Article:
The translation matrix 19 comprises logical circuits which are designed to effect the translation of the data from m-bit groups to n-bit groups, m and n being integers and n greater than m with certain predetermined restrictions on the location and sequence of digits in the n-bit groups. Specifically, with n greater than m, more code groups are available in the n-digit groups than in the original m-digit groups. The translation is so effected that there are no two consecutive one-bits of information in the n-bit code groups. In the modulator 21, the n-data bits effect phase reversal modulation of the carrier which is preferably timed such that phase reversals take place at or in the vicinity of the carrier base line upon the occurrence of each one-bit of information. As there are no consecutive one-bits of n-digit information, there is at least a full cycle of carrier between each phase reversal. The modulated signal may be filtered to remove higher order modulation products not necessary for recovery of the intelligence. The data restriction and modulating method permit the use of a data frequency fn, twice the carrier frequency, fc, without requiring the transmission of higher order modulation products which could not be handled within the bandwith limitations of many transmission mediums.

Control signals, as a word synchronizing signal and control signals for other functions, may be coupled to the transmitter and operate in the matrix 19 to produce unique code groups in the n-bit shift register. The word synchronizing signal is of particular importance in a data transmission system and with the apparatus disclosed herein, utilizing translation of data from groups of mbits to groups of n-bits may be selected to have a unique code group all its own, which cannot appear as a result of incoming m-bit data. This increases the reliability of the operation of the system.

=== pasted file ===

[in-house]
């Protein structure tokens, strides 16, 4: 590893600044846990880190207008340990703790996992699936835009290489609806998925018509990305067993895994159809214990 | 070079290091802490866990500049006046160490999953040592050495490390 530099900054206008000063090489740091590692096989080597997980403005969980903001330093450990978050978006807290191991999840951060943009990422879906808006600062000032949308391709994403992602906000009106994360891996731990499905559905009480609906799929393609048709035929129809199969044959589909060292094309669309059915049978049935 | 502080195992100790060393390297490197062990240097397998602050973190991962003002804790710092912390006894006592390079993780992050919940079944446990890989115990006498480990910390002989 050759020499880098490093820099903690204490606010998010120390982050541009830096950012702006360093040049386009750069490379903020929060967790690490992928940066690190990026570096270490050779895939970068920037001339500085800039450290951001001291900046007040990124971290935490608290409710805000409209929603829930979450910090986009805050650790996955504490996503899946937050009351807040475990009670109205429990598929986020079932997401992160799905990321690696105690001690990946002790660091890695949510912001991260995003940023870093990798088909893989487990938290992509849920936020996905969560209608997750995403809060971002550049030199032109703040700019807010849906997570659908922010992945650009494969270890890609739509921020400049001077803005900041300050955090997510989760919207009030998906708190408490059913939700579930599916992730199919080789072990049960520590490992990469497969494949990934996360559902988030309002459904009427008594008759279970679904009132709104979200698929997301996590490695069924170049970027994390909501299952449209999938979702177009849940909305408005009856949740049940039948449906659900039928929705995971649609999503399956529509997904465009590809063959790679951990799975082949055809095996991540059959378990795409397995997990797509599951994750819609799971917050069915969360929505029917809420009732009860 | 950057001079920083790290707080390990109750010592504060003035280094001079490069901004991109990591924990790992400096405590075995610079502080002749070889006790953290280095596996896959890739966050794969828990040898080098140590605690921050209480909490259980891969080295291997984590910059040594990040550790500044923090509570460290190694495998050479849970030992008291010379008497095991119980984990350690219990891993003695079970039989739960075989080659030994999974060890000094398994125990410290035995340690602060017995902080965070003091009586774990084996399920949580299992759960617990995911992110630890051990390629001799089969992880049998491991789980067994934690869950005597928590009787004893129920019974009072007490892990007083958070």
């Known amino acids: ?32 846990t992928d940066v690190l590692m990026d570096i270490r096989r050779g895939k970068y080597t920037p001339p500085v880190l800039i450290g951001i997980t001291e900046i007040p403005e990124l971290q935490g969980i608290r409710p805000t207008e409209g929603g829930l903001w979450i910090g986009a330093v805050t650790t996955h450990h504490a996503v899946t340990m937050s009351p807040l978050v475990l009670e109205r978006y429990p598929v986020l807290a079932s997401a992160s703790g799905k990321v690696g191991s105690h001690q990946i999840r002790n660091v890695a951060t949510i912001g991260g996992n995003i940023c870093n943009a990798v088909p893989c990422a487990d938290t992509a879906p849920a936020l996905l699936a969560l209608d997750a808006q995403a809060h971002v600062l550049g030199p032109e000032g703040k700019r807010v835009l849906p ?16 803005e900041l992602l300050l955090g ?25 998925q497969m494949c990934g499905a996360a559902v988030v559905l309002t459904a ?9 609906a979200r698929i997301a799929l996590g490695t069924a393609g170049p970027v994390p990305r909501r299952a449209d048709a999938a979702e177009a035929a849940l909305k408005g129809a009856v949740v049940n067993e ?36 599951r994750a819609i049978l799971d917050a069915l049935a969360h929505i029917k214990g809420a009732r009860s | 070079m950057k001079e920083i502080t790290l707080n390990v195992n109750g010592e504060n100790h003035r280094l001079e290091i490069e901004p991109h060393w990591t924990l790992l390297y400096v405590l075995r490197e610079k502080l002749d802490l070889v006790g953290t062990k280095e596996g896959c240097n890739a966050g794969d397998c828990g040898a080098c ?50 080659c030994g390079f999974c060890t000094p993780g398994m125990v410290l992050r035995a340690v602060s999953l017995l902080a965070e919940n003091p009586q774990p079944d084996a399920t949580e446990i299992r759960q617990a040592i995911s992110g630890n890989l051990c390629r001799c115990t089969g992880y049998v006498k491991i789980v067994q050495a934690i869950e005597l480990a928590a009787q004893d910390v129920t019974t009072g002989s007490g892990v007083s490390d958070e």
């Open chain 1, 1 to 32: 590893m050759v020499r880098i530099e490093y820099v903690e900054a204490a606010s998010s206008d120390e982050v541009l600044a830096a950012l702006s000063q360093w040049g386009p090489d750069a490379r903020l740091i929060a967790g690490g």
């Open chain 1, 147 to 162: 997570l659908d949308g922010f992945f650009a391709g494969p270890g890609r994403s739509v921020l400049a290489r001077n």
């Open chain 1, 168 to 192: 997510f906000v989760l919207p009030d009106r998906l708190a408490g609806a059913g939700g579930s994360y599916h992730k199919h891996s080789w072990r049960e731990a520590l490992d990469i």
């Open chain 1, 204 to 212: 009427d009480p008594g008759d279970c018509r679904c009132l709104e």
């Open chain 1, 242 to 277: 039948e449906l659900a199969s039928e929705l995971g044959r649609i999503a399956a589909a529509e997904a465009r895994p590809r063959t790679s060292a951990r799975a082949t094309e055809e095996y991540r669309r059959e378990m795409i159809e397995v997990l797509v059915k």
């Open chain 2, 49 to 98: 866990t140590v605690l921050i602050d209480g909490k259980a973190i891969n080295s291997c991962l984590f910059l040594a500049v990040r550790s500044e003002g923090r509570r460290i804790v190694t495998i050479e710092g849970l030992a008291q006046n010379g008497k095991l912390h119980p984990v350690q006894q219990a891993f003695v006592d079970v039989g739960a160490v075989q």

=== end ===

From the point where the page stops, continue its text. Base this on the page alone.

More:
In the receiver of FIGURE l the received signal is coupled to a detector 25 from which is derived digital information in n-bit groups. A signal from the detector is utilized to control or synchronize the operation of a timing generator 26, which produces the various timing signals required in the apparatus. The data groups are fed serially to an n-hit shift register timed by a signal from generator 26 at a frequency fn. The /1-bit data groups are periodically transferred to translation matrix 28 from which the original m-hit data groups are dcrived and coupled to m-bit shift register 29. The rate of group transfer through translation matrix 28 may be expressed as fn/u or fm/m. The data is removed serially from m-bit shift register 29 under the control of timing signal fm from generator 26. The control signals, which as pointed out above may be unique in character, are derived directly from the output of n-bit shift register 27, by a detector circuit 30 and coupled to an output circuit as 31. Upon detection of a control signal, transfer of ditigal information through matrix 28 may be stopped to prevent the appearance of the control signal in the data output. A timing signal for use in the further data-handling apparatus may also be derived from timing generator 26 at terminal 32.